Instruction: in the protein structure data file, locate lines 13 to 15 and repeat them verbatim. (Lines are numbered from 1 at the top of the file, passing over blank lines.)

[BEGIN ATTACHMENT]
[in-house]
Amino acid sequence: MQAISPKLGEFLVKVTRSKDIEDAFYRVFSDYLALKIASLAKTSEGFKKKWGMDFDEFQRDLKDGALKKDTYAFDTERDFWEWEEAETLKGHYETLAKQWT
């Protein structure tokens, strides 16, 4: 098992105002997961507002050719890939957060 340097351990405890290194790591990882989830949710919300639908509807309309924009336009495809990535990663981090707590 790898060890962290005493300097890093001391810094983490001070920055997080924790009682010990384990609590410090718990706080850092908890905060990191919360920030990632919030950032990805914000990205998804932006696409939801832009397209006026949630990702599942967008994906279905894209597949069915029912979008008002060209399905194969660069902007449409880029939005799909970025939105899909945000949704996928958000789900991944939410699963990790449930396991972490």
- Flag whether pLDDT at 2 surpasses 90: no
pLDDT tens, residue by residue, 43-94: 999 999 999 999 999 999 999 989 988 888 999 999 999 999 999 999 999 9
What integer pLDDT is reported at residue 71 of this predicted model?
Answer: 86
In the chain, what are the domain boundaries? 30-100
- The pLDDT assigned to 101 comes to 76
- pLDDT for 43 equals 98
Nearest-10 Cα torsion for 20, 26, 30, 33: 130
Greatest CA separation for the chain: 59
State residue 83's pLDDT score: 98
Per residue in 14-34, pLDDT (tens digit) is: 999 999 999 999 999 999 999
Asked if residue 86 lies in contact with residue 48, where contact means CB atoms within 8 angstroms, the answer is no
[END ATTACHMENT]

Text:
State residue 83's pLDDT score: 98
Per residue in 14-34, pLDDT (tens digit) is: 999 999 999 999 999 999 999
Asked if residue 86 lies in contact with residue 48, where contact means CB atoms within 8 angstroms, the answer is no